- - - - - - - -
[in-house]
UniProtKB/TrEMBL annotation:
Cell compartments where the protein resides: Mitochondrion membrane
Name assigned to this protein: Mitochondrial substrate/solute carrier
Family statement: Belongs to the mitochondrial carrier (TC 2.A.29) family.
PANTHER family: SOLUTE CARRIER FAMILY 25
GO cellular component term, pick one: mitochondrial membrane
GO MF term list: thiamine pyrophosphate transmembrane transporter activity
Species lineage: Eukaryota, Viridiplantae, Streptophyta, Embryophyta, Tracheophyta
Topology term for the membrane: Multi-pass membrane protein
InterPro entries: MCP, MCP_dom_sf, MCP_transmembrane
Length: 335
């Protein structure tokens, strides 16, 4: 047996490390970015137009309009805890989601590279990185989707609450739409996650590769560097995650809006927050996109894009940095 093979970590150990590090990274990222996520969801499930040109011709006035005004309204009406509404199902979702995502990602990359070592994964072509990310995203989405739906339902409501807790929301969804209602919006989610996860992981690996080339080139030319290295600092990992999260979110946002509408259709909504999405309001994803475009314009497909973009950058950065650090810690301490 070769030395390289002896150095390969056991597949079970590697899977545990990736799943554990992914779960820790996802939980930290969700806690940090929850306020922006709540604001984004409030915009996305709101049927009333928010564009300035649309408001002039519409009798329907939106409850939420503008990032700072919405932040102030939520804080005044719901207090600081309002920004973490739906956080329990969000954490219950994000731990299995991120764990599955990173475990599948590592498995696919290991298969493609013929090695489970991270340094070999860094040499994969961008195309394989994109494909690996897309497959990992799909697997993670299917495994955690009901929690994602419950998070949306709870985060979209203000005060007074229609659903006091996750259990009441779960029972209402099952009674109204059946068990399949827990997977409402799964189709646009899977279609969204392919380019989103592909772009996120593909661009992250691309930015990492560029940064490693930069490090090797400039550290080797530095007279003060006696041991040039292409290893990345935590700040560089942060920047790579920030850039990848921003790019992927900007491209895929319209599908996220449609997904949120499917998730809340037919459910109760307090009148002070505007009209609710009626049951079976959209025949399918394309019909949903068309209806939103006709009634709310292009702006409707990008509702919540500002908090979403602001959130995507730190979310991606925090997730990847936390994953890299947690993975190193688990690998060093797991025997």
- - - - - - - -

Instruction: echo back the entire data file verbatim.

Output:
[in-house]
UniProtKB/TrEMBL annotation:
Cell compartments where the protein resides: Mitochondrion membrane
Name assigned to this protein: Mitochondrial substrate/solute carrier
Family statement: Belongs to the mitochondrial carrier (TC 2.A.29) family.
PANTHER family: SOLUTE CARRIER FAMILY 25
GO cellular component term, pick one: mitochondrial membrane
GO MF term list: thiamine pyrophosphate transmembrane transporter activity
Species lineage: Eukaryota, Viridiplantae, Streptophyta, Embryophyta, Tracheophyta
Topology term for the membrane: Multi-pass membrane protein
InterPro entries: MCP, MCP_dom_sf, MCP_transmembrane
Length: 335
């Protein structure tokens, strides 16, 4: 047996490390970015137009309009805890989601590279990185989707609450739409996650590769560097995650809006927050996109894009940095 093979970590150990590090990274990222996520969801499930040109011709006035005004309204009406509404199902979702995502990602990359070592994964072509990310995203989405739906339902409501807790929301969804209602919006989610996860992981690996080339080139030319290295600092990992999260979110946002509408259709909504999405309001994803475009314009497909973009950058950065650090810690301490 070769030395390289002896150095390969056991597949079970590697899977545990990736799943554990992914779960820790996802939980930290969700806690940090929850306020922006709540604001984004409030915009996305709101049927009333928010564009300035649309408001002039519409009798329907939106409850939420503008990032700072919405932040102030939520804080005044719901207090600081309002920004973490739906956080329990969000954490219950994000731990299995991120764990599955990173475990599948590592498995696919290991298969493609013929090695489970991270340094070999860094040499994969961008195309394989994109494909690996897309497959990992799909697997993670299917495994955690009901929690994602419950998070949306709870985060979209203000005060007074229609659903006091996750259990009441779960029972209402099952009674109204059946068990399949827990997977409402799964189709646009899977279609969204392919380019989103592909772009996120593909661009992250691309930015990492560029940064490693930069490090090797400039550290080797530095007279003060006696041991040039292409290893990345935590700040560089942060920047790579920030850039990848921003790019992927900007491209895929319209599908996220449609997904949120499917998730809340037919459910109760307090009148002070505007009209609710009626049951079976959209025949399918394309019909949903068309209806939103006709009634709310292009702006409707990008509702919540500002908090979403602001959130995507730190979310991606925090997730990847936390994953890299947690993975190193688990690998060093797991025997």